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Gabriel Attal appointed France’s youngest ever, first openly gay prime minister by President Macron


Paris — Gabriel Attal was named Tuesday as France’s youngest-ever prime minister, as President Emmanuel Macron seeks a fresh start for the rest of his term amid growing political pressure from the far right. Attal is also France’s first openly gay prime minister.

Macron’s office announced the appointment in a statement. Attal, 34, rose to prominence as the government spokesman and education minister. His predecessor Elisabeth Borne resigned Monday following recent political turmoil over an immigration law that strengthens the government’s ability to deport foreigners.

Council Of Ministers Meeting At The Elysee
French Education Minister Gabriel Attal is seen during a weekly cabinet meeting at the presidential Elysee Palace, Dec. 20 2023, in Paris, France.

Christian Liewig/Corbis/Getty


Macron — who was France’s youngest-ever president when he came to power in 2017 — is to work with Attal to name a new government in the coming days, though some key ministers are expected to continue in their posts.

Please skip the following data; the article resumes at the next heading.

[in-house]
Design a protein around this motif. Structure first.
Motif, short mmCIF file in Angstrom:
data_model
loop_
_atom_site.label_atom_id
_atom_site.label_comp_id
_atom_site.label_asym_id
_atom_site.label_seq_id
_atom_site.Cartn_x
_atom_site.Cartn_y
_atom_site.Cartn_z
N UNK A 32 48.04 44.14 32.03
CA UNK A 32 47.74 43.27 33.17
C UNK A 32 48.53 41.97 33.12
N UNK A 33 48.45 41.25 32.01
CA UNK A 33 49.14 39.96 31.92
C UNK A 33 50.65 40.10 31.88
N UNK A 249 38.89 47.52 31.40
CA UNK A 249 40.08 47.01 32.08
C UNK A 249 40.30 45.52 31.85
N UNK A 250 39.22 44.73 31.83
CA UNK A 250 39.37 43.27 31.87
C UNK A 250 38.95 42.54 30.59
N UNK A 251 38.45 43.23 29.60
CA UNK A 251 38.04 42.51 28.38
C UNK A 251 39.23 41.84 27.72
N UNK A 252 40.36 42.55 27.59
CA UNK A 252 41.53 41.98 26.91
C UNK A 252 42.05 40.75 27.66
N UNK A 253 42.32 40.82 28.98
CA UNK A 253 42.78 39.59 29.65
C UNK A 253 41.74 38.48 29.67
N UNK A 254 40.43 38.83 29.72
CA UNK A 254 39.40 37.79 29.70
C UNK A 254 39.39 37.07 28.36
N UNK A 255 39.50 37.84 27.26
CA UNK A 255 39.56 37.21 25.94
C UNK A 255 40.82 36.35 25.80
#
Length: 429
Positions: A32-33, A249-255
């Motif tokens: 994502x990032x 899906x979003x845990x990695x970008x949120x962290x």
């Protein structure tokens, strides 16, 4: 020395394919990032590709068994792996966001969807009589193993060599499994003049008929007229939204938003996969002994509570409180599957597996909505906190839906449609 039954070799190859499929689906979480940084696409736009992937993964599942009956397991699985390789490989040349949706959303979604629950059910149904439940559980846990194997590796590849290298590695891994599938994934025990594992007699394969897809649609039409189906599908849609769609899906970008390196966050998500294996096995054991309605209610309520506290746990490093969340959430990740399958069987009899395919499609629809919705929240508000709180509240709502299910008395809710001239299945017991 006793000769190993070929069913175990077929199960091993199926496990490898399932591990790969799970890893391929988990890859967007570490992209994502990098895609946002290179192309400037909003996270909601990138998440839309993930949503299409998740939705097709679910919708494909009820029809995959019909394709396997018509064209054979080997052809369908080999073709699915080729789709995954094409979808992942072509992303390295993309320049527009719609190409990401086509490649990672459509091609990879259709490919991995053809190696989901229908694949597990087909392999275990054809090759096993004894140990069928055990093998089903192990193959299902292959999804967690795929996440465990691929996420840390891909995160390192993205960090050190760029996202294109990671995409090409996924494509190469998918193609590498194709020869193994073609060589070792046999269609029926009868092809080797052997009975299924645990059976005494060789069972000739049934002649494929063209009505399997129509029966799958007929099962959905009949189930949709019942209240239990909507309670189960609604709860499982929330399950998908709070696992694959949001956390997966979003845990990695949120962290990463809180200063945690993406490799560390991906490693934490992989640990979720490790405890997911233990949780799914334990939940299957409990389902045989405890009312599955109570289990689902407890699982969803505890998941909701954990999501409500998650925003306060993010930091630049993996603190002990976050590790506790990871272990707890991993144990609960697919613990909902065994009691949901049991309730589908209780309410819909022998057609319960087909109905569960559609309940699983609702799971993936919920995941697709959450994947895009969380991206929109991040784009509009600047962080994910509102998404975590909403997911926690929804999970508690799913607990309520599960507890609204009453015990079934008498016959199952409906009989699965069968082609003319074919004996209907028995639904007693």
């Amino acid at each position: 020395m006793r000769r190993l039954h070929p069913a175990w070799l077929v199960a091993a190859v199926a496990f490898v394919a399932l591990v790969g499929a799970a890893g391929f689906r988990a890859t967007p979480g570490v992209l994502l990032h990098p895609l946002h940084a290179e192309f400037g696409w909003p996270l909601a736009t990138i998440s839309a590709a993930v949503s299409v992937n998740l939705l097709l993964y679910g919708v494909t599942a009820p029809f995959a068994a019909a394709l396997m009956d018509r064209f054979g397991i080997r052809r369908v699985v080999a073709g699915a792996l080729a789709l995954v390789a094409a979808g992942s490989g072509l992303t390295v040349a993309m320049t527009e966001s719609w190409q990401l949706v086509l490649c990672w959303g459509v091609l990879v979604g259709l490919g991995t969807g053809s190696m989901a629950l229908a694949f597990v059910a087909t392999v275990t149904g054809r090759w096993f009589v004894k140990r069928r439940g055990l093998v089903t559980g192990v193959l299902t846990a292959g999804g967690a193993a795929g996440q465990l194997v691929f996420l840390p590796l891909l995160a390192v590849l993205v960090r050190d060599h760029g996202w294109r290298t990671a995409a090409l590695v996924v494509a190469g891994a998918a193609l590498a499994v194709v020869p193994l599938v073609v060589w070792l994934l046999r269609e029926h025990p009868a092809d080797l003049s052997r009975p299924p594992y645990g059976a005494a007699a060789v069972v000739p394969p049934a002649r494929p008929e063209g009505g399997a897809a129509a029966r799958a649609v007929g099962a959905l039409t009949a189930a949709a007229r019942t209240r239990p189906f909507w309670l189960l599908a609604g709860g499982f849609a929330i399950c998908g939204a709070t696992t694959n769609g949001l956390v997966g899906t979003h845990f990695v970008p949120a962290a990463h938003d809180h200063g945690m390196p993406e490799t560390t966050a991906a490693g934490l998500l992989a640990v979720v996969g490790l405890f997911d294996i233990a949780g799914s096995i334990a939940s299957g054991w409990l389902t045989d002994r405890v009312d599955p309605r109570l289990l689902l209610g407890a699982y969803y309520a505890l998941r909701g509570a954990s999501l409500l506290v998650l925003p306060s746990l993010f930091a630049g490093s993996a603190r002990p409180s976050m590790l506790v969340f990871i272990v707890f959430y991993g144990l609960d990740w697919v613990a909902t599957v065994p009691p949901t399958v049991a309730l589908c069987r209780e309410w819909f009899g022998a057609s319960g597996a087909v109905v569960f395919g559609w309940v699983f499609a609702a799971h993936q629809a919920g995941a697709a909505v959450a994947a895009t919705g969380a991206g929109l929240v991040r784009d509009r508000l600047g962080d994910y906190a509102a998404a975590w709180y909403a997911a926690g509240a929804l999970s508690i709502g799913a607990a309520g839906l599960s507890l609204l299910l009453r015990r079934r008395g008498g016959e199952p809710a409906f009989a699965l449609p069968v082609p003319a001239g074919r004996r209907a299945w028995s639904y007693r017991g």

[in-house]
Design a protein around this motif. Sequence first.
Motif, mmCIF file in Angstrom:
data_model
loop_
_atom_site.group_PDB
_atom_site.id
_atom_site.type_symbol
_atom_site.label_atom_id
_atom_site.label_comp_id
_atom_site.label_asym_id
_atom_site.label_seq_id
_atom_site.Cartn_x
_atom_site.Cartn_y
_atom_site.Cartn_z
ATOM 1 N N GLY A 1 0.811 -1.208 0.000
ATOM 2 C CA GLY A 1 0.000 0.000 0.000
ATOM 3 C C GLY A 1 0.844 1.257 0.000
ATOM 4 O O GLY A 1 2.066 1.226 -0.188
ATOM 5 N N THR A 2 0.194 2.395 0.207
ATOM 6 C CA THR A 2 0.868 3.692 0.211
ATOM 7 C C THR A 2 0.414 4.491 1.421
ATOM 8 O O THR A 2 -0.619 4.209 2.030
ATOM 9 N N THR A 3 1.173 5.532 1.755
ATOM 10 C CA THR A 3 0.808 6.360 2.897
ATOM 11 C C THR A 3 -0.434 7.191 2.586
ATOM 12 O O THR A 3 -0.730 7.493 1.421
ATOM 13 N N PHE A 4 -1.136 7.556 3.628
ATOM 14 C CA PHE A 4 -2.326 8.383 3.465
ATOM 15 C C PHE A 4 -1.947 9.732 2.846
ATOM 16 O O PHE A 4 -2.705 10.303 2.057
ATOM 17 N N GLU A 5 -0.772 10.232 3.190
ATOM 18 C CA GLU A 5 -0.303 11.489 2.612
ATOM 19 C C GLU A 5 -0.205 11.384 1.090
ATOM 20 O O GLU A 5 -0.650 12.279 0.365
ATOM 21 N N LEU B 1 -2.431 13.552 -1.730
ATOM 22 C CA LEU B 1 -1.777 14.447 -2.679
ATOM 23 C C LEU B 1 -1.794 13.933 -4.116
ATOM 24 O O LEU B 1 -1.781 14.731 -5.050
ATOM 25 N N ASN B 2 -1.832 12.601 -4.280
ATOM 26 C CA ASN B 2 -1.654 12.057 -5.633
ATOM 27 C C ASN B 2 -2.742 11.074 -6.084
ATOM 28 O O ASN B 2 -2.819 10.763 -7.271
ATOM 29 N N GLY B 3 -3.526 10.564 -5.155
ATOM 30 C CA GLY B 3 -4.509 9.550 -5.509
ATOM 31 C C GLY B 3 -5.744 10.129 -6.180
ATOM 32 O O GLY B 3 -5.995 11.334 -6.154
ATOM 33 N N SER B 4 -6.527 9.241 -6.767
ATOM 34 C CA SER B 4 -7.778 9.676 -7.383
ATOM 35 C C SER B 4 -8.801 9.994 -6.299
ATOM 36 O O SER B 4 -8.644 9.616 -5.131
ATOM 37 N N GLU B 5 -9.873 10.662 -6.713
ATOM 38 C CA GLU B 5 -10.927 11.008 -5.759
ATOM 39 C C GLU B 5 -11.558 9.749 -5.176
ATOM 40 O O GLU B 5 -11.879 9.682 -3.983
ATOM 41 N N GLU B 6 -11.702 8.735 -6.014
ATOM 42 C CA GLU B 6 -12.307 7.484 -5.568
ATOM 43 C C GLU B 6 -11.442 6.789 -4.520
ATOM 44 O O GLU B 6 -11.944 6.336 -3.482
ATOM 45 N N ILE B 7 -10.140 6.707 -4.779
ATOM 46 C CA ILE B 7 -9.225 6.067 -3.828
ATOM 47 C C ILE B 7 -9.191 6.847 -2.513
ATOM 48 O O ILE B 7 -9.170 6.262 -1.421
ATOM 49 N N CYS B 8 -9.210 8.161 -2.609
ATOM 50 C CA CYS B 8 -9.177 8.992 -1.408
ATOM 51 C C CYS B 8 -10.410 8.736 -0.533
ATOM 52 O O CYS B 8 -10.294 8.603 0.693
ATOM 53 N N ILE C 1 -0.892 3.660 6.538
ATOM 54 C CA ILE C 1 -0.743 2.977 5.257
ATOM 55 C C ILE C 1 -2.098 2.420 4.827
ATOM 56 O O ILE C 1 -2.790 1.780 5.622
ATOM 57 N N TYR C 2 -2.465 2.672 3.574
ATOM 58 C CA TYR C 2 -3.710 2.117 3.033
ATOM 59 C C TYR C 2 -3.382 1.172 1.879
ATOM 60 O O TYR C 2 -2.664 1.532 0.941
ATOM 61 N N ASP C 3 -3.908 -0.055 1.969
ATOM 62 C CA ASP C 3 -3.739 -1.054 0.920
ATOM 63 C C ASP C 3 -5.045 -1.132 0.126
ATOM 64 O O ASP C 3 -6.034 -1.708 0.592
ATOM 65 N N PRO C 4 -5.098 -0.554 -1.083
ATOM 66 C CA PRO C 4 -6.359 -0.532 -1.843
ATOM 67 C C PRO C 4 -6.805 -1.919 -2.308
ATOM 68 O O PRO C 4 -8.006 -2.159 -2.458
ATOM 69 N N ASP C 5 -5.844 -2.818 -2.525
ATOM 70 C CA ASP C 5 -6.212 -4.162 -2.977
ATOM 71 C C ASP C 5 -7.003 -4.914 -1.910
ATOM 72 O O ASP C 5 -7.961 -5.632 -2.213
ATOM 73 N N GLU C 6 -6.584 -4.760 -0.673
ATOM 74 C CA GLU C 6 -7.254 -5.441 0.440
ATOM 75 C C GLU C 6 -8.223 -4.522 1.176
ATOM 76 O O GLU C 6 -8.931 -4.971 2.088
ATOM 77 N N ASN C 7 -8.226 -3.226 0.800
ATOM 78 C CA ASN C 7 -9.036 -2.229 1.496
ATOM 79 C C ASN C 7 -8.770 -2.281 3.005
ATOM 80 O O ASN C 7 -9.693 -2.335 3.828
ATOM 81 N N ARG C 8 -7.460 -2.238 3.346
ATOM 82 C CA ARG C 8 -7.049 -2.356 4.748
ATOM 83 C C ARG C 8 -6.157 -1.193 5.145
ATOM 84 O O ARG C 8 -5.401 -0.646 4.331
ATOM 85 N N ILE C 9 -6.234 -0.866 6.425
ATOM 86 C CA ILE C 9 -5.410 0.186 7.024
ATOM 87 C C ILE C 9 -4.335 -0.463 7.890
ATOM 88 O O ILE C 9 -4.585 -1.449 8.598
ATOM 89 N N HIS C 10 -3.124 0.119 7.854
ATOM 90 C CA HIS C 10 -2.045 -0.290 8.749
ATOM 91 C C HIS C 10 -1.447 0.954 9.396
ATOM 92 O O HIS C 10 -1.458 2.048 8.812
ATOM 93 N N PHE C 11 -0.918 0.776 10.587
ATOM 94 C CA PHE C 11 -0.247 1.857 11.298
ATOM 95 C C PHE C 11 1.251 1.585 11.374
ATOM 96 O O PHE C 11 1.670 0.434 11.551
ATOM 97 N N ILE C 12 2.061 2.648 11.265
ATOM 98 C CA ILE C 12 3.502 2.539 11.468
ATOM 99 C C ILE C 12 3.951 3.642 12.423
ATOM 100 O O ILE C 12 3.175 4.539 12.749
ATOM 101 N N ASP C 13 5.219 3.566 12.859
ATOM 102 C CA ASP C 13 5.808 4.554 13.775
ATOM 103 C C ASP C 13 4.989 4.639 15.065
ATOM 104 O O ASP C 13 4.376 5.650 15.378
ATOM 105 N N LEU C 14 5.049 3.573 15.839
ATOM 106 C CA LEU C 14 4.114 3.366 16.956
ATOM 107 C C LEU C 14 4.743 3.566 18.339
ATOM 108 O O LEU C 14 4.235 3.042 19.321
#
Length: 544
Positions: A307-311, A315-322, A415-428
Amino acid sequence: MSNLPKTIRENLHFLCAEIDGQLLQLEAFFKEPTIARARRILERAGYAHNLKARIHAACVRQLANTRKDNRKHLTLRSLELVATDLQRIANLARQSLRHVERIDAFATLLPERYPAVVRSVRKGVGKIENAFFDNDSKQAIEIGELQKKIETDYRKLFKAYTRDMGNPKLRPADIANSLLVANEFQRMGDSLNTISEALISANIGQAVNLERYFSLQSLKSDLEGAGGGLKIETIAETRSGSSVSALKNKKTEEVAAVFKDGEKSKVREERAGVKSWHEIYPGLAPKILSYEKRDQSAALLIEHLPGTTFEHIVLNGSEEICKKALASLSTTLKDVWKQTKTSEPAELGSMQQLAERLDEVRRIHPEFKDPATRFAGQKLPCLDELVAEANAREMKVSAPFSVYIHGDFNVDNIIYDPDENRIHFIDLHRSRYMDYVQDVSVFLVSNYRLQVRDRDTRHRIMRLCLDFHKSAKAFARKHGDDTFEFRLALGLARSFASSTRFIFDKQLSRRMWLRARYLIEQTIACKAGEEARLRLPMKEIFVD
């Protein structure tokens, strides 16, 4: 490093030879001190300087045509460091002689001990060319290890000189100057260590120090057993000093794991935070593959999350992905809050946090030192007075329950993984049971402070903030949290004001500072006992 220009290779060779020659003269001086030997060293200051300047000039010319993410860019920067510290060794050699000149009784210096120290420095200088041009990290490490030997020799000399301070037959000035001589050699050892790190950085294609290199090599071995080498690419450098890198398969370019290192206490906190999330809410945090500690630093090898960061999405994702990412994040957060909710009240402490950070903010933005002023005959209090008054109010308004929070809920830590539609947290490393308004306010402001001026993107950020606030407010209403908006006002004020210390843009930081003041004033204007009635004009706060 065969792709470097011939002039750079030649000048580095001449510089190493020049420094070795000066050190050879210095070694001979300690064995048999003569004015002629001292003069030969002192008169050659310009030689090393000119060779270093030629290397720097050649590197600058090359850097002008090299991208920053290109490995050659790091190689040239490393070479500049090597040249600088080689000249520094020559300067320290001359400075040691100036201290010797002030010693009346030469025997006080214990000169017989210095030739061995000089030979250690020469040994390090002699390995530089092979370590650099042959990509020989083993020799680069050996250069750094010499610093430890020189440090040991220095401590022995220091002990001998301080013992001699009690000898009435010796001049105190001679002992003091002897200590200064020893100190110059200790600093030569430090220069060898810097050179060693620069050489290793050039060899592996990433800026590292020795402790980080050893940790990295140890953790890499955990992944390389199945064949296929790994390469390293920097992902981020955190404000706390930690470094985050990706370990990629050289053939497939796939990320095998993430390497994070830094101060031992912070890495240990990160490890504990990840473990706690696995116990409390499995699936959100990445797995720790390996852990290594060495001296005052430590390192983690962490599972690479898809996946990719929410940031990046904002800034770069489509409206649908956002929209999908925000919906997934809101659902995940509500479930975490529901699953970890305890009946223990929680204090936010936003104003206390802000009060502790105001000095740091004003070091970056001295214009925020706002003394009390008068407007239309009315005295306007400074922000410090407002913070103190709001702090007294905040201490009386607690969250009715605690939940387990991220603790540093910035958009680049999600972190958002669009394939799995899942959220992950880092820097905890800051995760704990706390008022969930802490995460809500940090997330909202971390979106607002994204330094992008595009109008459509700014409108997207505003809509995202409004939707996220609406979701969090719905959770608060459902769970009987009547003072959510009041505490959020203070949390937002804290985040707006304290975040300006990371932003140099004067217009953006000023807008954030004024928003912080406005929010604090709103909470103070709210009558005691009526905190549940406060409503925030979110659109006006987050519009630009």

The 46-year-old president has shifted rightward on security and migration issues since rising to power on a pro-business centrist platform in 2017, notably as far-right rival Marine Le Pen and her anti-immigration, anti-Islam National Rally have gained political influence.

Attal, a former member of the Socialist Party, joined Macron’s newly created political movement in 2016 and was government spokesperson from 2020 to 2022, a job that made him well-known to the French public. He was then named budget minister before being appointed in July as education minister, one of the most prestigious positions in the French government.

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French President Emmanuel Macron (R) shakes hands with then Education and Youth Minister Gabriel Attal (L) during a ceremony at the Tomb of the Unknown Soldier at the Arc de Triomphe in Paris, Nov. 11, 2023.

LUDOVIC MARIN/POOL/AFP/Getty


Attal quickly announced a ban on long robes in classrooms which took effect with the new school year in September, saying the garments worn mainly by Muslims were testing secularism in the schools.

He also launched a plan to experiment with uniforms in some public schools, as part of efforts to move the focus away from clothes and reduce school bullying.

Attal recently detailed on national television TF1 how he suffered bullying at middle school, including homophobic harassment.

French opinion polls show he was the most popular minister in Borne’s government.



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